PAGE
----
There is something so uncomfortable about watching people try to distract you when you know they have little confidence about placing that needle on the first stick. My slippery invisible veins are a gift forward from my mother and one which I unfortunately passed on to my daughter. I’m awfully lucky that I haven’t had any surgeries other than my broken nose and my other knee replacement which happened last October. My children were born by Caesarean section but I was wide awake for those and they didn’t seem like a big thing as there was a prize at the end. In any case, I could feel my internal snarling as I tried to politely tolerate the bumbling with my veins and just hoped that I’d survive the surgery and get out of the hospital as fast as I could.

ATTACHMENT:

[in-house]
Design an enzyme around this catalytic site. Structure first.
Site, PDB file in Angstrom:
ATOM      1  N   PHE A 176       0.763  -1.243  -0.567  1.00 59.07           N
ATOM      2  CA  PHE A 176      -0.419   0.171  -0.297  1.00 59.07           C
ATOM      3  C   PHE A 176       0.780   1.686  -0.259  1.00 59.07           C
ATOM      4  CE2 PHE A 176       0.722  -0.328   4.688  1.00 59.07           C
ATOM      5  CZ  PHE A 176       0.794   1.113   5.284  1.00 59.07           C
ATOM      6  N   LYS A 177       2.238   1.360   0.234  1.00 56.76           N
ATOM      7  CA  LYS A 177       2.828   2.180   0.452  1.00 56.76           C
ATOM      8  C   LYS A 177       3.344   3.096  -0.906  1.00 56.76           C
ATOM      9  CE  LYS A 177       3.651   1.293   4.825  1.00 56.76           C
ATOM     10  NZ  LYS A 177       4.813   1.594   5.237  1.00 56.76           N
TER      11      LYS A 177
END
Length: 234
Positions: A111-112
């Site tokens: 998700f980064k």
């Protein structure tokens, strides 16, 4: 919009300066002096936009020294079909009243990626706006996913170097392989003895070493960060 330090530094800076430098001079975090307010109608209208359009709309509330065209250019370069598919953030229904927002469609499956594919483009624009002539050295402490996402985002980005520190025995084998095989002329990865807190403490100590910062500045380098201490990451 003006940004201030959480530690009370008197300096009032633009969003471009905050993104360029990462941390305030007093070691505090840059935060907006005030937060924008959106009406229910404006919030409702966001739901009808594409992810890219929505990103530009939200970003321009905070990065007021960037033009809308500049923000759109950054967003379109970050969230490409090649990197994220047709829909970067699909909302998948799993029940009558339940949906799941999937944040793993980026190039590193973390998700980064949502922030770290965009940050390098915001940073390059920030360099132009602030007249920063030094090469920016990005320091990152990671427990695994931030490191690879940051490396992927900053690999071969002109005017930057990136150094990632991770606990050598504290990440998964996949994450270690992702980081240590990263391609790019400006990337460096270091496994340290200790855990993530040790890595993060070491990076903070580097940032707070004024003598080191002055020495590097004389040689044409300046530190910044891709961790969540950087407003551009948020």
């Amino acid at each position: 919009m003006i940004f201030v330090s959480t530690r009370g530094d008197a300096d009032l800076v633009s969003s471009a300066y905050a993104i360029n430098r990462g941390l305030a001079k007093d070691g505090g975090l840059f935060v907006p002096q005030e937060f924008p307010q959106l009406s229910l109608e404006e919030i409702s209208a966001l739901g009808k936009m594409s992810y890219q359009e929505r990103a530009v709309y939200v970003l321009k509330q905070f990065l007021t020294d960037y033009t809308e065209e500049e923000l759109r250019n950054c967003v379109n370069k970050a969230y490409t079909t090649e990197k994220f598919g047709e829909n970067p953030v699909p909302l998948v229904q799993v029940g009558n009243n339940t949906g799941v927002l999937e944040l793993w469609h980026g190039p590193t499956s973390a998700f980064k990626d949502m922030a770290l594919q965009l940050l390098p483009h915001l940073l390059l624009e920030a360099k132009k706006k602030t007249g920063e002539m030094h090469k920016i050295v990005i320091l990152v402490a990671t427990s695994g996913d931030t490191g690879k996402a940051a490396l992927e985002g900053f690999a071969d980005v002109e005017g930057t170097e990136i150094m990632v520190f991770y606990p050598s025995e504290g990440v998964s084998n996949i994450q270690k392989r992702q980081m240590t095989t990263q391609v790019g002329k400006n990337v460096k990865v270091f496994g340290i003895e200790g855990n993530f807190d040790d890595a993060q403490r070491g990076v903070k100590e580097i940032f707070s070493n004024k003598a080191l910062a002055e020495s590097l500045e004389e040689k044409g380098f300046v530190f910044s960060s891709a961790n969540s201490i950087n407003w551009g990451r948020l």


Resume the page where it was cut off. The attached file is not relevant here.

Finding a room for me after recovery took hours. The hospital likes to be overflowing with patients, a testament to a any profit-driven facility’s planning style. When I finally got a bed, the nurses said they were discharging and replacing patients at a steady clip. I never saw my surgeon after my procedure. My son told me he had a deep and profound 12 second conversation with him. A nurse practitioner and the physical therapy people came in to put me through my paces. I saw a two-night stay written on the white board in my room turn into a one night stay which was my goal. So start to finish, I was only hospitalized for 32 hours including surgery and recovery. I came home in my anesthetic fog, vowing to sleep downstairs for a few nights to accommodate the pain and to withdraw from the painkillers prescribed for me. But the first night, I spilled water all over myself on my recliner so I headed upstairs to my bed. The pain wasn’t bad. I realized that being bone on bone for so many years was actually worse than the post-surgical pain. I haven’t had any of the opioid painkillers since Friday night and have more mobility and flexibility in my knee than I anticipated. Great news, right? But actually…oh no! I feel like I’ve crashed and burned at the end of a highly entertaining road race.